New head girls basketball coach Shaun Weaver has the winning pedigree in her background and she’s ready to inject it into the Lady Leopards.
Weaver won two state titles as a high schooler and qualified for state in track, cross country and basketball.
She then played collegiate basketball at Wayland Baptist University, where she was an all-American for three years in basketball and track while helping the Flying Queens to nationals for four straight seasons.
Weaver, who spent the past five seasons at Lubbock Estacado, is entering her 14th season coaching and sixth as a head coach and she said she starts her process with a new team with a feeling-out stage.
“It’s about getting to know your personnel,” Weaver said. “You can’t coach to your personnel. You can’t ask [Michael] Jordan to be Lebron [James] or Lebron to be Jordan. You have to know your players’ strengths and weaknesses.”
One major emphasis Weaver makes on a team is stressing versatility. One example she gave was when the center gets into foul trouble, that other non-centers need to be ready to step in and the defense will need to learn to bend around them.
“You have to get them to buy into your system on day one,” Weaver said. “You have to set your expectations. I don’t believe in roles because players get lost in roles. I believe that everybody can do different jobs. My philosophy is to teach kids every role and every position on the floor on both offense and defense.”
Some coaches lean toward offense, but Weaver plans to stress defense as the team’s core.
“I love defense,” Weaver said. “My philosophy on defense is I love to mix it up with full-court and half-court presses. I really don’t like zone unless we have to. The key is everyone being on the same page and moving as one unit.”
Weaver said the key to a good press defense is the top of the key and a smart player to play there.
The Lady Leopards will run a diamond press so they can feed off the player’s athleticism and let her direct traffic with communication as the critical ingredient.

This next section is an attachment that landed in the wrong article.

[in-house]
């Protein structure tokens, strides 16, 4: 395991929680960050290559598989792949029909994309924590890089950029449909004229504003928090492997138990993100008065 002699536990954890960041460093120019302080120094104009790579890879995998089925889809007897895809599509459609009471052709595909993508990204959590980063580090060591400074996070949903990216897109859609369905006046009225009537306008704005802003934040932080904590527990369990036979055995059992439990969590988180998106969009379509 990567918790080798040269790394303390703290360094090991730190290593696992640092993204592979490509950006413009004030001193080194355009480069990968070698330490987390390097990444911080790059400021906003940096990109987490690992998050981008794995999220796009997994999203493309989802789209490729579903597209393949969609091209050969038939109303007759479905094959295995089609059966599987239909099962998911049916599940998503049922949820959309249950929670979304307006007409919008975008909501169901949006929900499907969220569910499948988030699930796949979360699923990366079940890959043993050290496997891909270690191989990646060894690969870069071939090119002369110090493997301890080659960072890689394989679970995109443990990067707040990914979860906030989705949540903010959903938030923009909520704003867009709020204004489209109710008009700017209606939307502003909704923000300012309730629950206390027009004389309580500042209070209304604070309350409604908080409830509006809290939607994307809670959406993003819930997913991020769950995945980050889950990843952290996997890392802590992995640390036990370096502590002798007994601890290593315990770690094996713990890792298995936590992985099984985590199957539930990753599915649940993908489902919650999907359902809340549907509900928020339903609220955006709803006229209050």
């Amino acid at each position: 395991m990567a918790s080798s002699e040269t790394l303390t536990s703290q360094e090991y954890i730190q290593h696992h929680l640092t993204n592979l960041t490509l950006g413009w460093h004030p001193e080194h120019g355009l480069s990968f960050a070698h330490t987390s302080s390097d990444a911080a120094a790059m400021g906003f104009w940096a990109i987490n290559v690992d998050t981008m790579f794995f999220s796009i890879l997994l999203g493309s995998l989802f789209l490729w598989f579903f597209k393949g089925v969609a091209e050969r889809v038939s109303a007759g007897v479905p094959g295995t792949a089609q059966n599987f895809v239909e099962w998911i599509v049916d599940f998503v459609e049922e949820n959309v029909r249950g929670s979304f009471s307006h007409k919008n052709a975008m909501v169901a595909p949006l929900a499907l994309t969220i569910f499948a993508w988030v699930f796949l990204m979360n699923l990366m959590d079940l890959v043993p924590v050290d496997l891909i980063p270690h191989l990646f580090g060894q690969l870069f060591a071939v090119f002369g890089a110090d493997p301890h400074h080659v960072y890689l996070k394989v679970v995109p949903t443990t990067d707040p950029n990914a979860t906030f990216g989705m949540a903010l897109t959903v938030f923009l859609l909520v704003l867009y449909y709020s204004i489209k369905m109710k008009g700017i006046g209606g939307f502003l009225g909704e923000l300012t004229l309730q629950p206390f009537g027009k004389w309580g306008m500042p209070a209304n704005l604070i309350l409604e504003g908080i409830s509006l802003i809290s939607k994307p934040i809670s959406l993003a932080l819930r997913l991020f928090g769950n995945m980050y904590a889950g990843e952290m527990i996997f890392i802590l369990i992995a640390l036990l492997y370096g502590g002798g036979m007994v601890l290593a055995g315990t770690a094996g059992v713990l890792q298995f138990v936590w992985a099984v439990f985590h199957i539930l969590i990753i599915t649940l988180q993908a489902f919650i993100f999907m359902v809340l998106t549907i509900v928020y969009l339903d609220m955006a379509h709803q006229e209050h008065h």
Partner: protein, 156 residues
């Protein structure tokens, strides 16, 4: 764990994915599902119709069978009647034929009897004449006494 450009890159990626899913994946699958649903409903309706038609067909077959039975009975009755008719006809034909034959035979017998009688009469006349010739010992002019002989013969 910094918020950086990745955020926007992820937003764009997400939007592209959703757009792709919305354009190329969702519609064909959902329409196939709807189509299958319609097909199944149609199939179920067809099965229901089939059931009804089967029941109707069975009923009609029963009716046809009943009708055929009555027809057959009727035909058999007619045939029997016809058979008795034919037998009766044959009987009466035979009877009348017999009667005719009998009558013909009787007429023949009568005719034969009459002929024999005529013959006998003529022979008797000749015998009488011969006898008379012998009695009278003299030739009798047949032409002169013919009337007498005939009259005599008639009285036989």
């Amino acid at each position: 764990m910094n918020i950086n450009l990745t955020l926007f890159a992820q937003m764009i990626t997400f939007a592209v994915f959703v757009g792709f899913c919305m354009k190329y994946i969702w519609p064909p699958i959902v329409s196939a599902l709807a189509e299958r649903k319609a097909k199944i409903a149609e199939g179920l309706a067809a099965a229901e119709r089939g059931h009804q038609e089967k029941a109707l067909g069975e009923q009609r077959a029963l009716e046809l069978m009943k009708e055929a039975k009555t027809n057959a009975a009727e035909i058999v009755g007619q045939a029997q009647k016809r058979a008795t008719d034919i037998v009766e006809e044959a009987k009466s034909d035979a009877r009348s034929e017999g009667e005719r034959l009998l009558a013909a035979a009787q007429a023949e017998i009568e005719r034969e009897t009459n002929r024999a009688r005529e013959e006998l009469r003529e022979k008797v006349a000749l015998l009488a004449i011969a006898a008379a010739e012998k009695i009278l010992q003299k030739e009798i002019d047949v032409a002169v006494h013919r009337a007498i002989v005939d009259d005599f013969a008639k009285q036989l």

“The kids have always bought into the system,” Weaver said. “When you first teach them something new, they’re hesitant. I like to film practices and then I’ll compare it to something they did last year. One of my biggest accomplishments is my team at Springlake Earth and we started pressing when they had never done that before. We won district and went three rounds deep.”
Pshylah Kemp was one of the Lady Leopards’ best players last season and with her entering her sophomore season, Weaver said she has a bright future.
“I have heard a lot about Pshylah and with her being young, we can utilize that,” Weaver said. “I’ve been told she’s a scorer, so hopefully that will turn into defense as well and make her an all-around player and a leader for the program.”
Weaver credited former head coach Brad Weese for his job with the team, saying that she’s worked with him before.
She knows some about the new District 11-4A alignment that has the likes of Anna, Aubrey, Celina, Melissa and Sanger and Weaver expects the latter two to be the class of the district.
“We’ve got a long ways to go for the simple fact that the goal is a winning attitude and let the girls believe in themselves,” Weaver said. “Nobody can do it for us. We have to go out and do it for ourselves.”
Weaver’s three pillars she teaches are discipline, class and respect and she said she hopes the Lady Leopards will learn to have fun, believe in themselves and win in the process.
“I always schedule a hard preseason and I didn’t get to do this year’s schedule, but I like to feed them to the wolves early and we see ourselves get better,” Weaver said. “By the time district comes, it’s all meshed together. Hopefully, we see the weaknesses early and by the time district comes around, we’re ready.”
Regardless of her being new to the program, the goal is still to make the playoffs and Weaver said that journey will begin with her defensive approach to the game.
Patrick Hayslip can be reached at firstname.lastname@example.org or on Twitter at @PatrickHayslip